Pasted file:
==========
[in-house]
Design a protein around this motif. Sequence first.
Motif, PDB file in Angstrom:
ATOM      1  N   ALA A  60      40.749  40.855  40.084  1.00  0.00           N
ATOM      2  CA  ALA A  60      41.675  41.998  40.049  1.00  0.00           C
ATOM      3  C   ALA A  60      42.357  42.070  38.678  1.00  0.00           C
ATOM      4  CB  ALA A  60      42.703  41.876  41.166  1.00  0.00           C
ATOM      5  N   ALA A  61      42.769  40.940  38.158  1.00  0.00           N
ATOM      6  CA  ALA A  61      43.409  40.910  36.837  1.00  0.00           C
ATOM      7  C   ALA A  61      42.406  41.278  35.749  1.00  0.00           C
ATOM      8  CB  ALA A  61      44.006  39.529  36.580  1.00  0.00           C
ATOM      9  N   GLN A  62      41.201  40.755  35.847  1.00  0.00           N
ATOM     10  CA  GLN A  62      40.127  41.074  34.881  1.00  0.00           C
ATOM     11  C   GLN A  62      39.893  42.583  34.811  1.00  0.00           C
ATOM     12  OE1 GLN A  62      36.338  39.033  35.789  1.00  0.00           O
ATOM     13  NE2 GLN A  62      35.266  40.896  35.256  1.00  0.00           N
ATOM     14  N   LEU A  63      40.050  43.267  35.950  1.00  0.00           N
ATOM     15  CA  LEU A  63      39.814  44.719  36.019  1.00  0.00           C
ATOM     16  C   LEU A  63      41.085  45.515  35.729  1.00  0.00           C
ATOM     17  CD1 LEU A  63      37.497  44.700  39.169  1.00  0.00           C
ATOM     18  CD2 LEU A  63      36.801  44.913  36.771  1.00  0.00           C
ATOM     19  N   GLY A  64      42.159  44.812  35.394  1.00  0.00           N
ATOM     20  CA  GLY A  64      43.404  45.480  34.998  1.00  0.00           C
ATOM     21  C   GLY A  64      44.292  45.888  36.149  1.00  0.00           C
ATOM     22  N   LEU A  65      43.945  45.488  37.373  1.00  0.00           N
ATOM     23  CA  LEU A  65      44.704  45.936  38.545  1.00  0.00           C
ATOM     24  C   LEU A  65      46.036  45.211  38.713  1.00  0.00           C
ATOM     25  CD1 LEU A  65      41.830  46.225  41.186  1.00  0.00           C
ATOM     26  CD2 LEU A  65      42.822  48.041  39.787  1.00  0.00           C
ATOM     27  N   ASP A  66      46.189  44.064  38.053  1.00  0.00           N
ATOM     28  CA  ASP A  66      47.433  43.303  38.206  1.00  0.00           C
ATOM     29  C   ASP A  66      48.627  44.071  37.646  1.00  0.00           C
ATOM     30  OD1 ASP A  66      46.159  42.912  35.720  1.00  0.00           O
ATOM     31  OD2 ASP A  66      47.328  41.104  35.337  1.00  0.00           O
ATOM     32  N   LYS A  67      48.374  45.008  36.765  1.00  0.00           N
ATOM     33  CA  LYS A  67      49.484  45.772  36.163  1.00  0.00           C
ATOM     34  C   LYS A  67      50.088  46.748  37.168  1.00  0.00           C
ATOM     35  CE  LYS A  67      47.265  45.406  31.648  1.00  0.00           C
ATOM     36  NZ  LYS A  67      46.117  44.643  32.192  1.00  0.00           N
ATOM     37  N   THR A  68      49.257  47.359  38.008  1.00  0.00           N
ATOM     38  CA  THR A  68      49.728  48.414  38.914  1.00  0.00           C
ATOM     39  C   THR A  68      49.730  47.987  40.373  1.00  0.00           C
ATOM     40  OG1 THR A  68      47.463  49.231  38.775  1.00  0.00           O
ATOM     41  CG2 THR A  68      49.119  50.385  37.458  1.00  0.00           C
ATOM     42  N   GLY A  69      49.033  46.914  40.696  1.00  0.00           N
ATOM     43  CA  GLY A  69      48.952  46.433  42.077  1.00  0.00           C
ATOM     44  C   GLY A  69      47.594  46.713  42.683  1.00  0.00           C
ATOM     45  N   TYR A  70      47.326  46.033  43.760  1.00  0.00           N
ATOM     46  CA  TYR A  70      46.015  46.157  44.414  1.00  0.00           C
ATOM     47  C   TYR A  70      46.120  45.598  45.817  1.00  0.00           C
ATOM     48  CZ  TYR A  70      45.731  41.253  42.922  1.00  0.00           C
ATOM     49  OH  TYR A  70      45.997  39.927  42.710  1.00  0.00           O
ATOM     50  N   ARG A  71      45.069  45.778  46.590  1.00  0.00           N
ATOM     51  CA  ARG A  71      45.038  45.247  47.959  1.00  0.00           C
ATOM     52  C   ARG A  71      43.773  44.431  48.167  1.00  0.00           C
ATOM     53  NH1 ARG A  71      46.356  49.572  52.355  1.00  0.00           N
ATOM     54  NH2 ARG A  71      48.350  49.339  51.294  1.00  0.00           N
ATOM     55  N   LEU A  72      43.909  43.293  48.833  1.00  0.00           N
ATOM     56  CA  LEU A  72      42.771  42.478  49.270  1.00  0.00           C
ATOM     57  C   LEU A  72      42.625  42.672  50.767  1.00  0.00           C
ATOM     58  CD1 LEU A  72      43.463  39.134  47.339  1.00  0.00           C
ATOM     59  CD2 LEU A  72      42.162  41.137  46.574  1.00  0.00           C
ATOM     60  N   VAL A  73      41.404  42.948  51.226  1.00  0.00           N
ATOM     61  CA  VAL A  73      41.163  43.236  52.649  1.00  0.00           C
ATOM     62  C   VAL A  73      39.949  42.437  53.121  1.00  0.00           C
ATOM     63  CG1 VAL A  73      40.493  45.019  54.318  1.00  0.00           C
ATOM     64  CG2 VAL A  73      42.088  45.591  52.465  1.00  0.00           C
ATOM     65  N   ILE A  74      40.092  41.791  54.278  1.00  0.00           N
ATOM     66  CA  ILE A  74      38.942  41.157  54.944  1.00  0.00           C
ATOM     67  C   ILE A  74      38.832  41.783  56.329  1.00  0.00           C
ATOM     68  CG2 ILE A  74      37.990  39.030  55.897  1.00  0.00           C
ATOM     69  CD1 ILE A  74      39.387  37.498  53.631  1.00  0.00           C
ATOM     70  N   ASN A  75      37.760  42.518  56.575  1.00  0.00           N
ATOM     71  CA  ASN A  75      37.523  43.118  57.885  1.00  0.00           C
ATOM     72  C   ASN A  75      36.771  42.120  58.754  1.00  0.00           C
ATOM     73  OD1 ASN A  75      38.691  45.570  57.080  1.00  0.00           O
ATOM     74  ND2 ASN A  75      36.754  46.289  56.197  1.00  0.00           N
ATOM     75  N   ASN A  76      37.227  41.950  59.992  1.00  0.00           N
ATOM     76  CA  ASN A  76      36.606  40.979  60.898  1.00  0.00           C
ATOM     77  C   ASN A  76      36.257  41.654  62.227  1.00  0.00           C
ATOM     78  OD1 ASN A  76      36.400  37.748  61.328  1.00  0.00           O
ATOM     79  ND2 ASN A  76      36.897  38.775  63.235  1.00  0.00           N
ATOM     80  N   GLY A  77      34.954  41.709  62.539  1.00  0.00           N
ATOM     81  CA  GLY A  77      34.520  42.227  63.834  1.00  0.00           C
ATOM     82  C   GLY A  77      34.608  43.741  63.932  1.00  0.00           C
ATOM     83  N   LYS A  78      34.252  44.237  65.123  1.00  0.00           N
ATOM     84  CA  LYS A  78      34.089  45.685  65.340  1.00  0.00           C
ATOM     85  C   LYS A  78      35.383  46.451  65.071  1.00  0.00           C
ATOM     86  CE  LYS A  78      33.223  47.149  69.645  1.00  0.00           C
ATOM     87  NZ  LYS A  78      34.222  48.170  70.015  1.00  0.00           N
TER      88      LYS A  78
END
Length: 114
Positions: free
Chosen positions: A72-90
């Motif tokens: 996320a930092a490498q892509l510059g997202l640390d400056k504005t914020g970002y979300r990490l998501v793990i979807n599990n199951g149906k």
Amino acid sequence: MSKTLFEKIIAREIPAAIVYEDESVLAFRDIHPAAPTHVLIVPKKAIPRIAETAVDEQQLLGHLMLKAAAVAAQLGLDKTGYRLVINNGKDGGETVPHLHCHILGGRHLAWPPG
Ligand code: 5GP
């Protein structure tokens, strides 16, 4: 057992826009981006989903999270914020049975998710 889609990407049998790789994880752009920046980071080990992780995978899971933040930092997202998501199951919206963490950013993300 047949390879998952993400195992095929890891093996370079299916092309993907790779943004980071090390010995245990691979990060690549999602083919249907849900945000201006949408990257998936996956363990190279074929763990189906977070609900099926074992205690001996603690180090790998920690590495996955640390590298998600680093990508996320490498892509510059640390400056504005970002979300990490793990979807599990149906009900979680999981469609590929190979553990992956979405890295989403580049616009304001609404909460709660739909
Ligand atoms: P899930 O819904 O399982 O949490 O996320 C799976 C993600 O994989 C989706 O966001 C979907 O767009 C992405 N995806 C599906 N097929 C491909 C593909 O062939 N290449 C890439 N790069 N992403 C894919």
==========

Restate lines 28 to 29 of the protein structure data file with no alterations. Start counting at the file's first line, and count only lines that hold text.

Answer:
ATOM     25  CD1 LEU A  65      41.830  46.225  41.186  1.00  0.00           C
ATOM     26  CD2 LEU A  65      42.822  48.041  39.787  1.00  0.00           C